Maverick offi cial’s blogs give life to ‘ zombie’ accounts
When a vice-governor of Guizhou province called domestic critics “human scumbags” on a popular Chinese micro-blogging platform this week, he immediately drew the fury of Internet users who demanded an apology for his gaffe.
In a heated exchange with other Web users on violence in China and the United States, ViceGovernor Chen Mingming also wrote that “unpatriotic” people should have plastic surgery so they won’t be recognized as Chinese and should “go to the US — the faster the better!”
But despite harsh public criticism, the Chinese “micro terror” — during which public figures dropping controversial remarks are often judged and shamed to the cheers of netizens — didn’t befall the senior official. Instead, many have called for tolerance and forgiveness for Chen’s courage to engage in a public debate and speak his mind, which is something rare in China’s ethereal world where official micro-blogging is better known for its pomp and inactivity.
As a way to connect with the public, in recent years, many government departments and officials have set up micro blogs that are considered a powerful tool to break news and gather information. Sina, a major micro-blogging host, now has nearly 80,000 such accounts, including more than 30 owned by officials like Chen who hold powerful positions at provincial or ministerial levels.
However, after the initial fanfare and buzz, most of these accounts have either been used as bulletin boards to post press releases or trumpet government achievements, or have become “zombie” accounts, as they are popularly called. Sina has found that only 15 percent of its micro blogs run by officials have published any “original content”.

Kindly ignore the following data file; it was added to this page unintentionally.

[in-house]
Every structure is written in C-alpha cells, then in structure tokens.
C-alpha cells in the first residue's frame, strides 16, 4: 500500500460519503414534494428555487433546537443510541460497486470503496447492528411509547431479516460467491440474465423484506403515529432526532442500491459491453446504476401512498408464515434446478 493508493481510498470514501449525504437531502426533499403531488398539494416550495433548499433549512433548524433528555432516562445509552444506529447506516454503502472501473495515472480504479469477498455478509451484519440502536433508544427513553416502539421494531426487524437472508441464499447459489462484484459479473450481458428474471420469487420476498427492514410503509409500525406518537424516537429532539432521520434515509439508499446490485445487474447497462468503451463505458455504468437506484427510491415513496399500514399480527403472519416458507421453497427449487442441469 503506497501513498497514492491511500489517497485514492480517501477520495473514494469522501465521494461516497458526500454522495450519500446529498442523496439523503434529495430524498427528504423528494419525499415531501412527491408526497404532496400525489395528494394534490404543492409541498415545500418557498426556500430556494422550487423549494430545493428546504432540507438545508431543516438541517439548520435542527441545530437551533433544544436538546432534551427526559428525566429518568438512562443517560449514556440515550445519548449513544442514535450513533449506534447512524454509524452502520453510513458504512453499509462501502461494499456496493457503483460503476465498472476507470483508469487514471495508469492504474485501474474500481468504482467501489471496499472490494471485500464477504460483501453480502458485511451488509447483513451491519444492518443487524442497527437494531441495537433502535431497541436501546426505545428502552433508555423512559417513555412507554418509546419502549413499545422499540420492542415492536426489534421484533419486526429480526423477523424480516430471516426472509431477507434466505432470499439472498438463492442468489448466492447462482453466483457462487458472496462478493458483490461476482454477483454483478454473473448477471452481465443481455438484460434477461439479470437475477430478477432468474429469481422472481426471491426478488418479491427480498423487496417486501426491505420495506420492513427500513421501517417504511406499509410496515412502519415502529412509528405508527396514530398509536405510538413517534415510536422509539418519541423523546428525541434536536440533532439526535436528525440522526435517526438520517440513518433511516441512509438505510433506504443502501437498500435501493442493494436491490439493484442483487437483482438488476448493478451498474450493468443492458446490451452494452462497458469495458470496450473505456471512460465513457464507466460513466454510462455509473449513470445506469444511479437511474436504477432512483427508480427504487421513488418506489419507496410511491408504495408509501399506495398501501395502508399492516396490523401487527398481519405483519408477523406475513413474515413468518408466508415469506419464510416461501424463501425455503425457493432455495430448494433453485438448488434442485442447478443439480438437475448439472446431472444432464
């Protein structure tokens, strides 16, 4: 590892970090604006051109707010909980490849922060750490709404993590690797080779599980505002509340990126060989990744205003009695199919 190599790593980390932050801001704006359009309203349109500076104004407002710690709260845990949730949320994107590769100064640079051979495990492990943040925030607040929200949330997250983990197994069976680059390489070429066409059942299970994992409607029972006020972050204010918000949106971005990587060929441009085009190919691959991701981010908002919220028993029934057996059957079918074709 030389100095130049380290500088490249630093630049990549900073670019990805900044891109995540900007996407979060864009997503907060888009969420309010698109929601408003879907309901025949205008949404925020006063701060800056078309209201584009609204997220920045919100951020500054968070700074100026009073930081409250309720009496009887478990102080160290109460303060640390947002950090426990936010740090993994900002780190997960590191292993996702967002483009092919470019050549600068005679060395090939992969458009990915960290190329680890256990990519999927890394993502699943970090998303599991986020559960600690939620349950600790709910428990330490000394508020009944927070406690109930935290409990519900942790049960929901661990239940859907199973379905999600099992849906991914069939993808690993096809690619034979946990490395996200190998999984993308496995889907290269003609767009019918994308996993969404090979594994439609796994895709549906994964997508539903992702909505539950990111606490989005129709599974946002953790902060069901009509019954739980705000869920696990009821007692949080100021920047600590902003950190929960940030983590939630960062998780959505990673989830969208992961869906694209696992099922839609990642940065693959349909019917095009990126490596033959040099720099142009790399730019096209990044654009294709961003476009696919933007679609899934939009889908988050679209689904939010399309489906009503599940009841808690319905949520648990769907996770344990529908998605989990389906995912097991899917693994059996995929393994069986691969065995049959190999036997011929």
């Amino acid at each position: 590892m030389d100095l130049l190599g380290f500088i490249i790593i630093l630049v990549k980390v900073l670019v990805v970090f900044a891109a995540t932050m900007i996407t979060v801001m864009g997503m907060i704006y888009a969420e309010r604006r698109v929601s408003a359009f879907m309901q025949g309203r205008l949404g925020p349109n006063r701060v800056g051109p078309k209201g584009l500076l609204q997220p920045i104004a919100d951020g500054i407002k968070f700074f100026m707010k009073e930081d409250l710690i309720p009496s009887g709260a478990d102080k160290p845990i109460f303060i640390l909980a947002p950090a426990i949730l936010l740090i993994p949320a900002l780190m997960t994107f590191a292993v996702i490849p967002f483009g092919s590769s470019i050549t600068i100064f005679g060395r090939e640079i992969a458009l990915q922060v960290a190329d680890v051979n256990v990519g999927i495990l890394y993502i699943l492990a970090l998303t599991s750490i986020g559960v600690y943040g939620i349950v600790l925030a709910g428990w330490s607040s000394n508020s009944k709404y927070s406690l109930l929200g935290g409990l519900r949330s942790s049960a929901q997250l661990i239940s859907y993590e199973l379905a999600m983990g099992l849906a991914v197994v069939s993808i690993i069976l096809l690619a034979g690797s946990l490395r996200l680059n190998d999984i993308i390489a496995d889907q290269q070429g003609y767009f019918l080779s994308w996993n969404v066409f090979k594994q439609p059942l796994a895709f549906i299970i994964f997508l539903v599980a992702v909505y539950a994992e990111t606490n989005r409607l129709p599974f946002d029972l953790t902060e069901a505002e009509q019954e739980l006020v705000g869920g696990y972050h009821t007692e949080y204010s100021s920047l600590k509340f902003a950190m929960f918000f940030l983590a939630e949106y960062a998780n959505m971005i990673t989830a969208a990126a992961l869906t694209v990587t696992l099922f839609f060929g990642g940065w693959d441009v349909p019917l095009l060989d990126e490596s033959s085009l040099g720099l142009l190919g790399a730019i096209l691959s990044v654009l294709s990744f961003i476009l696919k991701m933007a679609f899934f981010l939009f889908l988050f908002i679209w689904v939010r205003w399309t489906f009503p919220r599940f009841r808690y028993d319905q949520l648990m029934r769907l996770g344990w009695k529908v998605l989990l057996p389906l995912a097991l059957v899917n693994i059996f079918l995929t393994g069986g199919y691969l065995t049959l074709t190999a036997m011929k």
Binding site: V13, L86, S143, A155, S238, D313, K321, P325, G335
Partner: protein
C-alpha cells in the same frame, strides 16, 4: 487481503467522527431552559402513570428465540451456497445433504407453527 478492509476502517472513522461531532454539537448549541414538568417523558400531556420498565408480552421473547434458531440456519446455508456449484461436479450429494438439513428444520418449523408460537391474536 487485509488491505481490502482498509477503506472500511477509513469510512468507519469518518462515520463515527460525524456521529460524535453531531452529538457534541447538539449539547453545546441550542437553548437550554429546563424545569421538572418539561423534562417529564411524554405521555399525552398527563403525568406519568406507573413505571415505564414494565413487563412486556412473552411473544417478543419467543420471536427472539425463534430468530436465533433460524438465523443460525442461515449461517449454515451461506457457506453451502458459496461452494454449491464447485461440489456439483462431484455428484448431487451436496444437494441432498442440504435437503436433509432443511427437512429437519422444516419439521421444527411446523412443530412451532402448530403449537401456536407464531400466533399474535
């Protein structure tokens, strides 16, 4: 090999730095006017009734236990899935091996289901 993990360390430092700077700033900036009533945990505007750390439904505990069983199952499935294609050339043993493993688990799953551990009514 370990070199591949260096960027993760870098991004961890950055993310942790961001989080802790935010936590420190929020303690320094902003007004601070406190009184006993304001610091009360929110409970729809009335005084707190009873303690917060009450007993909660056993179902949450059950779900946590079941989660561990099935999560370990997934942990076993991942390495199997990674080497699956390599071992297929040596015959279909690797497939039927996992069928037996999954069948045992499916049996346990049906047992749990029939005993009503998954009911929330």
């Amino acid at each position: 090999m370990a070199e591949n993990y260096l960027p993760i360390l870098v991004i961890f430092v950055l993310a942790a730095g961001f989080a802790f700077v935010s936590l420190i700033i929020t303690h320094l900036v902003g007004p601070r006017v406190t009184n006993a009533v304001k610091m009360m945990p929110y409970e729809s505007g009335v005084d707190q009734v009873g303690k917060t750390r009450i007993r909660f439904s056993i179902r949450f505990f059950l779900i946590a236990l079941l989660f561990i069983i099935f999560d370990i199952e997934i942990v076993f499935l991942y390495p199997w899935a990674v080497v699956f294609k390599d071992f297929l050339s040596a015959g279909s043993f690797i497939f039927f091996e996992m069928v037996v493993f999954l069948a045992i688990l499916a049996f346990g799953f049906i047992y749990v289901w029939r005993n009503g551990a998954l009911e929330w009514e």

People suspect many officials open accounts just to prove that they are social media savvy, a requirement of modern leadership. In one oft-cited case, the executive vice-mayor of a city in Shanxi province opened a micro blog and garnered more than 30,000 followers. But he has posted only five tweets — all in one day last November about his city’s real estate development — and his account has since become “dormant”.
The reason behind the lethargic involvement can probably be attributed to the unwritten rules that dictate the bureaucratic discourse. Researchers have long found that a combination of ancient Chinese political tradition and contemporary reality have motivated office-holders to take cues from the above and avoid being different or controversial while making their positions known.
They’re further deterred from speaking out of their own volition by the fact that social media have already become a formidable watchdog in Chinese political and social life. Some have lost their jobs after tweets reporting their faux pas exploded onto the national scene and led to investigations by traditional media.
But Chen is no such “zombie” blogger. He claims he has been updating his micro blogs since launching them four years ago, all by himself, not his assistants. Amid the public uproar, he has apologized for the “inappropriateness” of his remark and welcomed any probe into his personal and family’s assets, which touched on another sensitive issue in Chinese politics. This appeases people who resent scripted and detached approaches of government communication.
Sympathizers also believe outspoken mavericks like Chen are worth encouraging because they have provided a rare glimpse into the psyche of the top brass, and have brought a plurality of ideas and arguments into the blogosphere that is currently dominated by the people they govern.
Some challenge “zombies” to resurrect and follow Chen’s lead, with a quote from Voltaire: “I do not agree with what you have to say, but I’ll defend to the death your right to say it.” The question is how many have guts like Chen to take the offer. The writer is editor-at-large of China Daily. email@example.com